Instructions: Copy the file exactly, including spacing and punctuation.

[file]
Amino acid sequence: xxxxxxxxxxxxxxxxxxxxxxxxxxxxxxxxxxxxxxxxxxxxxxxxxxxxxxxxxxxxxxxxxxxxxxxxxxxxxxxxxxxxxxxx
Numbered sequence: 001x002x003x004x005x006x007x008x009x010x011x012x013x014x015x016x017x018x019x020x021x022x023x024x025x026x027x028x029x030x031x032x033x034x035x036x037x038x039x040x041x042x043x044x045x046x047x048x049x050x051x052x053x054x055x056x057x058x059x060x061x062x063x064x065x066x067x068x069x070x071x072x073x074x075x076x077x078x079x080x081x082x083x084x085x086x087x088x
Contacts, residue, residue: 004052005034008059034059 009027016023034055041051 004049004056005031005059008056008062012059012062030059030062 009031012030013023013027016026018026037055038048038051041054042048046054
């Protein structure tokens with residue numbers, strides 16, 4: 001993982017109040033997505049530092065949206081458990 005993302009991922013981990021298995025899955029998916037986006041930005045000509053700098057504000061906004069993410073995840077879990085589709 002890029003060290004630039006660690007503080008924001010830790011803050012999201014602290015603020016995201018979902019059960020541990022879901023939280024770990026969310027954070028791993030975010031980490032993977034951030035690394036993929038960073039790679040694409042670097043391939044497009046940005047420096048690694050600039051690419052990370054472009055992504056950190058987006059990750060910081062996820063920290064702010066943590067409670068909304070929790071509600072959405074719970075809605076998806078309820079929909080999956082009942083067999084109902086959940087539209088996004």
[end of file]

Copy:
Amino acid sequence: xxxxxxxxxxxxxxxxxxxxxxxxxxxxxxxxxxxxxxxxxxxxxxxxxxxxxxxxxxxxxxxxxxxxxxxxxxxxxxxxxxxxxxxx
Numbered sequence: 001x002x003x004x005x006x007x008x009x010x011x012x013x014x015x016x017x018x019x020x021x022x023x024x025x026x027x028x029x030x031x032x033x034x035x036x037x038x039x040x041x042x043x044x045x046x047x048x049x050x051x052x053x054x055x056x057x058x059x060x061x062x063x064x065x066x067x068x069x070x071x072x073x074x075x076x077x078x079x080x081x082x083x084x085x086x087x088x
Contacts, residue, residue: 004052005034008059034059 009027016023034055041051 004049004056005031005059008056008062012059012062030059030062 009031012030013023013027016026018026037055038048038051041054042048046054
């Protein structure tokens with residue numbers, strides 16, 4: 001993982017109040033997505049530092065949206081458990 005993302009991922013981990021298995025899955029998916037986006041930005045000509053700098057504000061906004069993410073995840077879990085589709 002890029003060290004630039006660690007503080008924001010830790011803050012999201014602290015603020016995201018979902019059960020541990022879901023939280024770990026969310027954070028791993030975010031980490032993977034951030035690394036993929038960073039790679040694409042670097043391939044497009046940005047420096048690694050600039051690419052990370054472009055992504056950190058987006059990750060910081062996820063920290064702010066943590067409670068909304070929790071509600072959405074719970075809605076998806078309820079929909080999956082009942083067999084109902086959940087539209088996004």